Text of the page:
Daily Distractions: Ricky Nolasco would like to re-sign with the Dodgers.

Ricky Nolasco

Dodgers pitcher Ricky Nolasco becomes a free agent at the end of the season. (Hans Gutknecht/Staff Photographer)

Ricky Nolasco‘s next start will be his 10th in a Dodgers uniform. If the last two starts are any indication — the right-hander has pitched 16 innings and allowed zero runs against the Red Sox and Cubs, respectively — he’s grown quite comfortable pitching for his childhood team in a short amount of time.

While some professional athletes simply aren’t able to deal with the unique pressures of pitching near their hometown, Nolasco has adapted well, improving incrementally with each outing. A free agent at the end of the season, Nolasco chose his words carefully Wednesday when asked if he’d want to re-sign with the Dodgers.

“My teammates have been doing a great job of welcoming me here,” Nolasco said after blanking the Cubs. “As far as what the future holds, we’re just going to have to wait and see what happens. I’m from here, and this is where I want to be. We’ll just see what happens.

“I’ll focus right now on winning right now and all that will play itself out.”

The key words there — this is where I want to be — were easily lost yesterday, when Yasiel Puig‘s benching was the media focus after the game. (More on him in a bit.)

Since Magic Johnson and his Guggenheim Baseball Management cohorts bought the club, the Dodgers’ new owners have gone out of their way to show they are choosers, not beggars. This winter, they potentially can choose from a free-agent pitching crop that includes Nolasco, Matt Garza, Phil Hughes, Tim Lincecum, Ervin Santana, A.J. Burnett and Jon Lester (for whom the Red Sox hold a team option worth $13 million). You can certainly argue that Nolasco, who turns 31 in December, isn’t the best pitcher in that group. He isn’t the worst. More importantly, would any accept the job of fourth starter more willingly, with lower contract demands, than the Rialto right-hander?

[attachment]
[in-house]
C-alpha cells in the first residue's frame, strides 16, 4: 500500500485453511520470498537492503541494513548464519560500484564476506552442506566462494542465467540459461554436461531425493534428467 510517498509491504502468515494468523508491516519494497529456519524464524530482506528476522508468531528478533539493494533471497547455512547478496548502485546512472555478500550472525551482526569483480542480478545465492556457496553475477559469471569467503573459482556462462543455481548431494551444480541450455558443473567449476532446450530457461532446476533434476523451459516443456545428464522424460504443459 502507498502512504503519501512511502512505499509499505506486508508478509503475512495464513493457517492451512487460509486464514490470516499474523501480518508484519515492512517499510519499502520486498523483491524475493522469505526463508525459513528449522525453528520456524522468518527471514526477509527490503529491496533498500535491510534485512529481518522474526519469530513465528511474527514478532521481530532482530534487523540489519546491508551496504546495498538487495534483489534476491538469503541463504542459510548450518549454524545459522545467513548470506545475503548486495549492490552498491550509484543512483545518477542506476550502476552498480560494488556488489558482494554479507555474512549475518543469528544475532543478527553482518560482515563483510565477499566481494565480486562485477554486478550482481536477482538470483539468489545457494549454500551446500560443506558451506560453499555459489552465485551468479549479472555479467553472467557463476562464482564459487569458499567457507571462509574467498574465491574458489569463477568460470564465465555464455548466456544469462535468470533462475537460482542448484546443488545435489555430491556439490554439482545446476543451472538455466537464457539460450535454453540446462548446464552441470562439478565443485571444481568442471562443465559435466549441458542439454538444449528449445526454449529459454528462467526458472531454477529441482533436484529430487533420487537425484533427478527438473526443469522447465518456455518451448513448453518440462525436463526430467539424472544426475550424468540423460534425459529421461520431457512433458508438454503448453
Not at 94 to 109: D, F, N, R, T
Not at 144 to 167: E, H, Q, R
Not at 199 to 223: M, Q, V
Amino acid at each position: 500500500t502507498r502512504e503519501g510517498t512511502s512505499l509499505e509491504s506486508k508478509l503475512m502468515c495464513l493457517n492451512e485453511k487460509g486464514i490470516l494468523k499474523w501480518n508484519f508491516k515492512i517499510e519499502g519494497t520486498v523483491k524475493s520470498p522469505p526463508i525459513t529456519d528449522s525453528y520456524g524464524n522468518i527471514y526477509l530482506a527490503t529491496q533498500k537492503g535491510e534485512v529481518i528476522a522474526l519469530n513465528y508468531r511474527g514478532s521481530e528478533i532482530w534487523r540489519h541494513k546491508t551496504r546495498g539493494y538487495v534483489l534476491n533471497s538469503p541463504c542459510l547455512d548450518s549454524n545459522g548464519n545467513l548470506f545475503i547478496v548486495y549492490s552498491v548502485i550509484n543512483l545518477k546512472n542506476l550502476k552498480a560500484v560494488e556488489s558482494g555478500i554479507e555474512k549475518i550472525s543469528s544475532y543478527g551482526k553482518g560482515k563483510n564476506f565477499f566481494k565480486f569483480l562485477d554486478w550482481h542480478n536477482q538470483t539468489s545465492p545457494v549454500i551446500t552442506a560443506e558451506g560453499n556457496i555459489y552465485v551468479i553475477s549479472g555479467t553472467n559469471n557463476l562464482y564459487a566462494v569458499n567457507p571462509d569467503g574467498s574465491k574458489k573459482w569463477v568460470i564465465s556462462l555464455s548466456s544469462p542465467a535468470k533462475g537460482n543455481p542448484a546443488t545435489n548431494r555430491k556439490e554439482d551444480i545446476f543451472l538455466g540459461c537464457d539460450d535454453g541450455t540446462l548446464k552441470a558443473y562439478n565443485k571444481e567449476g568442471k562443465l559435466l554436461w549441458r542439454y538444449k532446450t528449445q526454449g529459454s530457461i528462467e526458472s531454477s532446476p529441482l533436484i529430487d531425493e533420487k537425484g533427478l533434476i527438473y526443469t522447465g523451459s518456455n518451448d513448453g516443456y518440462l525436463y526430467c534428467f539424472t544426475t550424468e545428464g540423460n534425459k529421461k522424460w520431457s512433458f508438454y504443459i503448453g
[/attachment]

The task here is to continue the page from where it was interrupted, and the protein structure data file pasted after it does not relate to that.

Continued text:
That question ignores the Dodgers’ plans for Josh Beckett, prospect Zach Lee, and Chad Billingsley, who’s due to return from Tommy John surgery at some point next season if his rehab goes well. (All three would love to have a permanent spot in the Dodgers’ 2014 rotation behind Kershaw-Greinke-Ryu.) But it’s a question that the Dodgers will have to ponder if Nolasco continues to force his way into the team’s long-term blueprints.

Some more bullet points for an off day:
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Yasiel Puig has a new nickname and Chris Capuano has a new catcher.

Andre Ethier

Andre Ethier has started eight straight games for the Dodgers, batting .310 with a home run and a double. He was not in Sunday’s lineup. (Getty Images)

When the pitcher isn’t pitching well, change the catcher.

That was the thinking behind having A.J. Ellis catch Chris Capuano today for the first time since May 29. While the Dodgers haven’t lost a game started by Capuano since July 4, the left-hander has a 7.53 earned-run average in his last three outings and his rotation spot could be in jeopardy come September. Tim Federowicz had caught Capuano’s last 11 starts dating back to June 19.

“I wanted to kind of mix that up just a little bit,” manager Don Mattingly said. “One start with Ricky (Nolasco), A.J. caught him. Then Fed went back to him. I want to keep the mixture of guys’ playing time the same. Cap’s been OK the last couple times out and I just wanted to change the dynamic just a little bit.”

Second baseman Mark Ellis and center fielder Andre Ethier were both healthy scratches against Red Sox right-hander Jake Peavy. Yasiel Puig is playing right field and batting fifth for the first time in his major-league career, while Skip Schumaker is batting sixth and playing center field.

The left-handed hitting Ethier typically sits against left-handed pitchers, and Peavy is almost equally stingy against lefties (.254/.289/.465) and righties (.240/.282/.399).